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dormant

[ dawr-muhnt ]
/ ˈdɔr mənt /
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adjective
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Origin of dormant

First recorded in 1350–1400; Middle English dorma(u)nt, from Anglo-French, present participle of dormir, from Latin dormīre “to sleep”; see -ant

synonym study for dormant

1, 2. See inactive.

OTHER WORDS FROM dormant

non·dor·mant, adjectivesem·i·dor·mant, adjective

Words nearby dormant

Dictionary.com Unabridged Based on the Random House Unabridged Dictionary, © Random House, Inc. 2021

How to use dormant in a sentence

British Dictionary definitions for dormant

dormant
/ (ˈdɔːmənt) /

adjective
quiet and inactive, as during sleep
latent or inoperative
(of a volcano) neither extinct nor erupting
biology alive but in a resting torpid condition with suspended growth and reduced metabolism
(usually postpositive) heraldry (of a beast) in a sleeping position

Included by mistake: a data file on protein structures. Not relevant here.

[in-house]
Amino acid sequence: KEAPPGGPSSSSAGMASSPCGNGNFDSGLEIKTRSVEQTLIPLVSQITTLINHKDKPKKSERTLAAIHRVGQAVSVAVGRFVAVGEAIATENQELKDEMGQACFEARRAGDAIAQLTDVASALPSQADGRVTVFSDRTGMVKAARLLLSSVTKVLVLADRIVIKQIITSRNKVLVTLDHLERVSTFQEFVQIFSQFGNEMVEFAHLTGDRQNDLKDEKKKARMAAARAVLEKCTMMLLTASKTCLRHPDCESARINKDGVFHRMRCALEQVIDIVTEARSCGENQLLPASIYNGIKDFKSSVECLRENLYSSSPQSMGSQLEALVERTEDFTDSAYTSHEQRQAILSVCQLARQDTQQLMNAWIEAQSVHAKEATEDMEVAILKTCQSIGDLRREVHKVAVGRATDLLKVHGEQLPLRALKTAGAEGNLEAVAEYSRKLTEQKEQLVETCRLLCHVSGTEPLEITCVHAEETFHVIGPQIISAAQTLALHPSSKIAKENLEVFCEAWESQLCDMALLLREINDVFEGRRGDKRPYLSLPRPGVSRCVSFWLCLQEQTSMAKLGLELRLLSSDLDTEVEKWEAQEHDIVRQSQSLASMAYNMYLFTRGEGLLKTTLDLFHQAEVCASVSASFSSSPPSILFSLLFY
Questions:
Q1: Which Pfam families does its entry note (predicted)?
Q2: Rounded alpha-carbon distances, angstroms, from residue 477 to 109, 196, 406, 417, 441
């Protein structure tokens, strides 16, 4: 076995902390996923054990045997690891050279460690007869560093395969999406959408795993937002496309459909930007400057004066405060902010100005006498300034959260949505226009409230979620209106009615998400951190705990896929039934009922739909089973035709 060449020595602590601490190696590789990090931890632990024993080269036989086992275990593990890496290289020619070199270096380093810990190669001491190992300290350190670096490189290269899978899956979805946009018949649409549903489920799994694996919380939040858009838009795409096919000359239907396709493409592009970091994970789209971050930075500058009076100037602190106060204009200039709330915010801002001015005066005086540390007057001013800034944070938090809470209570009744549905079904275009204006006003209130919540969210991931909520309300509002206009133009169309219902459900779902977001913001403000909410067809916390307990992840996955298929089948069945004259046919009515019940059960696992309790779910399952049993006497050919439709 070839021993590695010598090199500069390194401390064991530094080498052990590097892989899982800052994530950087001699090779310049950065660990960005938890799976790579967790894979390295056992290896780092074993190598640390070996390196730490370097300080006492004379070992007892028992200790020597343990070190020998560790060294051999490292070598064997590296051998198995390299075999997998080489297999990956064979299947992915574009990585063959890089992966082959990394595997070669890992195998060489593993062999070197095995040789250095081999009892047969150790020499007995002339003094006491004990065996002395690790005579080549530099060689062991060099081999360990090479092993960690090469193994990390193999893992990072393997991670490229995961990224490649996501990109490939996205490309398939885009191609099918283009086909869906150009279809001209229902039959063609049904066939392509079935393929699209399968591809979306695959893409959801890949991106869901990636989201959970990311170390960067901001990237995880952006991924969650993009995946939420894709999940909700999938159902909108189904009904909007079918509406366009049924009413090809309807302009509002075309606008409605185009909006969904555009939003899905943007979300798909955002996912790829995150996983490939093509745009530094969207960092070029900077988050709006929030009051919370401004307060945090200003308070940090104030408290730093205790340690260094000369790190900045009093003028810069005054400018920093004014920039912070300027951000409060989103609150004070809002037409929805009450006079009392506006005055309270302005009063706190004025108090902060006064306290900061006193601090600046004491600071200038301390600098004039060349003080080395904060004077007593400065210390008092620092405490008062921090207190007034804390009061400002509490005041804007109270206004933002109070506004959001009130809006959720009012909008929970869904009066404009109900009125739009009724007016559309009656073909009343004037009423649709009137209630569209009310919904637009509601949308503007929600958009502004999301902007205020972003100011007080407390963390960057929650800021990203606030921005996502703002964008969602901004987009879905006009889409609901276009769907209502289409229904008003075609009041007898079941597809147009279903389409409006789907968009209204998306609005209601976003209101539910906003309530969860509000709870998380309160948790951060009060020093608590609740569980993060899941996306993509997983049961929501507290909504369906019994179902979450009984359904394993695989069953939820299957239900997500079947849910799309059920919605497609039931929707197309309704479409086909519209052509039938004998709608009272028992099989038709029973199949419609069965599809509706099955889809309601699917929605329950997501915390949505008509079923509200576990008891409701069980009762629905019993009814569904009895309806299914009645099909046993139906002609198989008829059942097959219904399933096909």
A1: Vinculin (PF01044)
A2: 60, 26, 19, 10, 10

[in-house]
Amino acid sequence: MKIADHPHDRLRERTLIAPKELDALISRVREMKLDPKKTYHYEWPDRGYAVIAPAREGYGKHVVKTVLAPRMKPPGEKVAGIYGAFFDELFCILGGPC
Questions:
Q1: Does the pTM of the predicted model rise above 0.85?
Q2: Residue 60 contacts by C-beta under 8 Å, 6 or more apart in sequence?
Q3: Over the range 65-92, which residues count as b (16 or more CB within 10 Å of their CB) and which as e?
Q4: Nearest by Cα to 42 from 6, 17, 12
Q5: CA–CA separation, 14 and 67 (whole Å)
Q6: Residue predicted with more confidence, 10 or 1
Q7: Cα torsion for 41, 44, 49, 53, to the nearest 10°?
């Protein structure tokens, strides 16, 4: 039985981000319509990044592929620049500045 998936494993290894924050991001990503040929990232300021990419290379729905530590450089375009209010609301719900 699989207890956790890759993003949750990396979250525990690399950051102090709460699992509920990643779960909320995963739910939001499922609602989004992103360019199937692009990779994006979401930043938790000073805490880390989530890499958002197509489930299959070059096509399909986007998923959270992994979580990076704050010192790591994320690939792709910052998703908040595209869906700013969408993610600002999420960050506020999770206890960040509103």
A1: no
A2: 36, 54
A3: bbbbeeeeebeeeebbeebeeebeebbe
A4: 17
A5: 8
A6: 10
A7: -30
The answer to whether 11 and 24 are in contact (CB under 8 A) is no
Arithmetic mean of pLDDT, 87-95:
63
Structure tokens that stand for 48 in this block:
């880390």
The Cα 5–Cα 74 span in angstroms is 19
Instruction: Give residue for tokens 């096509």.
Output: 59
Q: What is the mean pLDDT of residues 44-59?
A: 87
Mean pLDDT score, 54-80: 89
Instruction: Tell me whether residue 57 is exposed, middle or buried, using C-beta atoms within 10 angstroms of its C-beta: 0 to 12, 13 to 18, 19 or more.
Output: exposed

Compare active, passive

Derived forms of dormant

dormancy, noun

Word Origin for dormant

C14: from Old French dormant, from dormir to sleep, from Latin dormīre
Collins English Dictionary - Complete & Unabridged 2012 Digital Edition © William Collins Sons & Co. Ltd. 1979, 1986 © HarperCollins Publishers 1998, 2000, 2003, 2005, 2006, 2007, 2009, 2012

Scientific definitions for dormant

dormant
[ dôrmənt ]

Being in an inactive state during which growth and development cease and metabolism is slowed, usually in response to an adverse environment. In winter, some plants survive as dormant seeds or bulbs, and some animals enter the dormant state of hibernation.
Not active but capable of renewed activity. Volcanoes that have erupted within historical times and are expected to erupt again are dormant.
The American Heritage® Science Dictionary Copyright © 2011. Published by Houghton Mifflin Harcourt Publishing Company. All rights reserved.
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